CNN Abruptly Drops Anchor Connie Chung
March 28, 2003
NEW YORK - CNN on Tuesday abruptly dropped one of its best-known anchors, Connie Chung, who had been hired only last spring as the centerpiece of a star-driven prime-time lineup.
"Connie Chung Tonight" had been criticized in some circles for its emphasis on crime and personality stories but had drawn strong ratings in a nondescript time slot.
Her show was temporarily replaced by an Aaron Brown-anchored news program after the war's start last week and she had asked management for a time when it would come back. Instead, she was informed Tuesday that the show had been canceled, CNN spokeswoman Christa Robinson said.
Chung was asked to stay at CNN in another capacity and declined, Robinson said.
She could not immediately be reached for comment on Tuesday night. CNN wouldn't provide a home number for Chung but said it would send a message to her producer seeking comment.
A major figure in broadcasting over the past 30 years, Chung was hired away from ABC News last year, where she primarily worked in newsmagazines and landed a high-profile interview with Gary Condit. CNN built a new studio for her in midtown Manhattan and the program launched on June 24.
She envisioned her show opening each night with a detailed look at one of the day's top stories, featuring newsmaker interviews, and highlighting emerging issues.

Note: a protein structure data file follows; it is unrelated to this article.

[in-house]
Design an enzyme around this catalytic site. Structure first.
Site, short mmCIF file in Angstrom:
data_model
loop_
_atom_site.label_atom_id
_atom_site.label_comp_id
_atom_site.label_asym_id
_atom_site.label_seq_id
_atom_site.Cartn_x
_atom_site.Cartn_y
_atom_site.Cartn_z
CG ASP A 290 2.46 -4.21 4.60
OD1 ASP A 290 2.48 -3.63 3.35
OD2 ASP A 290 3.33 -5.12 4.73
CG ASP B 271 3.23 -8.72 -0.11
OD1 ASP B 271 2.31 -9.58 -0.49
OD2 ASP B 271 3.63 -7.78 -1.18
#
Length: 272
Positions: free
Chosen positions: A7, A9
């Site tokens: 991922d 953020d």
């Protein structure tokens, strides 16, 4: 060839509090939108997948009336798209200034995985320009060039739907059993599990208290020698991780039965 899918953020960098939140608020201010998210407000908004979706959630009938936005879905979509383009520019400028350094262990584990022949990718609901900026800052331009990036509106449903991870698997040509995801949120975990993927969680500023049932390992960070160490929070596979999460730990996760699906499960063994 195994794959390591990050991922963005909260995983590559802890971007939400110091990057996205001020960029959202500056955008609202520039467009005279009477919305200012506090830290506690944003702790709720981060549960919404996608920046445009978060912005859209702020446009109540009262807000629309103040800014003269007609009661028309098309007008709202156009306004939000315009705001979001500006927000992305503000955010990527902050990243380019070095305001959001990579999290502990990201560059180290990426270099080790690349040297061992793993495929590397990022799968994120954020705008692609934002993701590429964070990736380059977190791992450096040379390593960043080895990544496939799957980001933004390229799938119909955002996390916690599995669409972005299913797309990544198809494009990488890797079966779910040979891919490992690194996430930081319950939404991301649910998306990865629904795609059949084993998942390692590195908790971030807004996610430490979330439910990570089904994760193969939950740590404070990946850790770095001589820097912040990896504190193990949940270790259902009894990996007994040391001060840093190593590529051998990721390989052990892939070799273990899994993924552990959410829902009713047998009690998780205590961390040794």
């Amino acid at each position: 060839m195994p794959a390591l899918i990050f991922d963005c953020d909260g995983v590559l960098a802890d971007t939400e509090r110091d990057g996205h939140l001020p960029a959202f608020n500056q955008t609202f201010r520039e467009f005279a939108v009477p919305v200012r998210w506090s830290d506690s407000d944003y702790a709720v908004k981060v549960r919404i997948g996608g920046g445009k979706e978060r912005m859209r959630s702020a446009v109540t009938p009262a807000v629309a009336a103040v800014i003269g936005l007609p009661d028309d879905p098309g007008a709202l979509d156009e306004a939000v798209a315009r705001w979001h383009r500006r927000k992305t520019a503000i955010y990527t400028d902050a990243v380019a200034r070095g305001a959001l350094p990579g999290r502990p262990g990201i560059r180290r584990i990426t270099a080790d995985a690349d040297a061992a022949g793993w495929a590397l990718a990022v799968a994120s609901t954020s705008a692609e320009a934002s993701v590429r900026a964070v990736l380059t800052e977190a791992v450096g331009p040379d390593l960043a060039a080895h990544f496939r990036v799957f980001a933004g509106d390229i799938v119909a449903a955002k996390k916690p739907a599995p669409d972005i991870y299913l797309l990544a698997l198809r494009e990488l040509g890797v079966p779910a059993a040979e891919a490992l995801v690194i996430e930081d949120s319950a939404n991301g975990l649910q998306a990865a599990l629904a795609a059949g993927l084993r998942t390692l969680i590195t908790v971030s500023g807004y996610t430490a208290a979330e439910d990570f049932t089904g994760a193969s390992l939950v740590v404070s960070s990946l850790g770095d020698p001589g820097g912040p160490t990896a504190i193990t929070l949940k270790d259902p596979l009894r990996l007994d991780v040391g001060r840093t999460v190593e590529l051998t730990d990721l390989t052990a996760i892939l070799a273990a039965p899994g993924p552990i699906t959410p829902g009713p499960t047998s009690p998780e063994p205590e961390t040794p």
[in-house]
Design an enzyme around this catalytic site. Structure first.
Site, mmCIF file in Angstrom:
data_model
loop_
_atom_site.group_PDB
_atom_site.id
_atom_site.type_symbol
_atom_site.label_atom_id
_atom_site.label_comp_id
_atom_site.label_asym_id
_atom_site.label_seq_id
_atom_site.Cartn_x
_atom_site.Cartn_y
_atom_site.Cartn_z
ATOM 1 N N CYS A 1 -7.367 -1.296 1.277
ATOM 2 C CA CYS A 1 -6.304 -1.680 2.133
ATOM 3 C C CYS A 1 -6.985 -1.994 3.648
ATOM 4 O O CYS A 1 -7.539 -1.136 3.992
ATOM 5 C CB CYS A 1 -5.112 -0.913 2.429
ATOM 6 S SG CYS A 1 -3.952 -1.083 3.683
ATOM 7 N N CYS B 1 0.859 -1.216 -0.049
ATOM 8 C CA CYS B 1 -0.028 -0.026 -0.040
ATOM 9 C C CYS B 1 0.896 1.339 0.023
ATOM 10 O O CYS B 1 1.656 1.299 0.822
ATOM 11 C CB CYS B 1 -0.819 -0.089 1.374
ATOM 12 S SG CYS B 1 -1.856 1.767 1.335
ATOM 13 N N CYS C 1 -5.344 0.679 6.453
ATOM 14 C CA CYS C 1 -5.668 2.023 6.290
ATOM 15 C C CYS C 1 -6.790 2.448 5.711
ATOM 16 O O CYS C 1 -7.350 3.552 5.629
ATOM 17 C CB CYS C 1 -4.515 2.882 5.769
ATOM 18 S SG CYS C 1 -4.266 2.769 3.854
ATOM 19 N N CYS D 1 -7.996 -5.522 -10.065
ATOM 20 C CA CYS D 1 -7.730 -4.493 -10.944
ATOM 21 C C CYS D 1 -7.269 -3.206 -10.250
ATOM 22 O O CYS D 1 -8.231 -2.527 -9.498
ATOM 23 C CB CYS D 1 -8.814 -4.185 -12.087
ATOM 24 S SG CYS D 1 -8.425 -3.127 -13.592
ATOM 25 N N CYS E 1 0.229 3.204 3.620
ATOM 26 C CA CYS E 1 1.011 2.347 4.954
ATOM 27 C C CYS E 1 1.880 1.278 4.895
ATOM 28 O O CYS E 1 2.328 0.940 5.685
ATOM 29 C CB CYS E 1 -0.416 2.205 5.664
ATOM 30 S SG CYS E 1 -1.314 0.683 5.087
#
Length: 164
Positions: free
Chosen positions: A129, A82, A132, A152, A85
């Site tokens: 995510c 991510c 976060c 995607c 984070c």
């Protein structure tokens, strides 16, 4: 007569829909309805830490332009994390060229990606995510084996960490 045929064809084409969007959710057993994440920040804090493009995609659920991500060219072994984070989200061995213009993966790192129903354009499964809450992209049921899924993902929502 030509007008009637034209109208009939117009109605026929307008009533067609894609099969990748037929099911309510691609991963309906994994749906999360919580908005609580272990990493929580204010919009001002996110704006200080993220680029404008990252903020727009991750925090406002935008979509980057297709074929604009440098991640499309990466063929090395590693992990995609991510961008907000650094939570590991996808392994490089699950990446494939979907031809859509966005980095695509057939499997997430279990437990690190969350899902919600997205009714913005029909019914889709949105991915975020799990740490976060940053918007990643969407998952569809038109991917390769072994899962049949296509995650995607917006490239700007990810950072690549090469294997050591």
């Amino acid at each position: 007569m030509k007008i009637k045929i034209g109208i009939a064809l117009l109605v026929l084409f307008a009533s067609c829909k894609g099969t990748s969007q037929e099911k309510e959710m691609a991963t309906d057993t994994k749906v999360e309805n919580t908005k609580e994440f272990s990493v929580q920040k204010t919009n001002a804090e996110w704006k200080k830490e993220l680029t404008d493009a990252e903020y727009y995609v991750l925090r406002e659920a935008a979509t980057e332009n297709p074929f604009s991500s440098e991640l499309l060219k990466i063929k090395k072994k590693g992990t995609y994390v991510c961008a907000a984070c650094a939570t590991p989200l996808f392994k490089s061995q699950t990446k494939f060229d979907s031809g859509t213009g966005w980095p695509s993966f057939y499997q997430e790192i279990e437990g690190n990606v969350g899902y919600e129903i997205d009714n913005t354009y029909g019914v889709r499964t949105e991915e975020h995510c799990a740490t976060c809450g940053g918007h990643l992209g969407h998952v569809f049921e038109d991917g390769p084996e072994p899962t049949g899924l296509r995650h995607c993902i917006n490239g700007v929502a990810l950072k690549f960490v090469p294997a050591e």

It evolved into a program concentrating heavily on crime stories, and this master of the taped interview occasionally seemed awkward in a live format. It didn't help when CNN founder Ted Turner, in an interview this winter, described her show as "just awful."
She also apparently became caught in the crosswinds of change at CNN. Turner Broadcasting chief Jamie Kellner wanted to attract viewers with well-known names, but he and CNN Chairman Walter Isaacson, who hired her, have since resigned.
Isaacson's replacement, Jim Walton, has sought a less flashy, more serious approach to the news and recently canceled the long-running afternoon talk show, "Talkback Live."
Chung's show had roughly half the audience of cable news' nighttime king, Fox News Channel's Bill O'Reilly, but she averaged almost 1 million viewers a night and improved CNN's performance in the 8 p.m. ET time slot. And she lasted longer than MSNBC's big gun hired for the time slot around the same time — Phil Donahue.
CNN has not yet decided what will go in her time slot, Robinson said.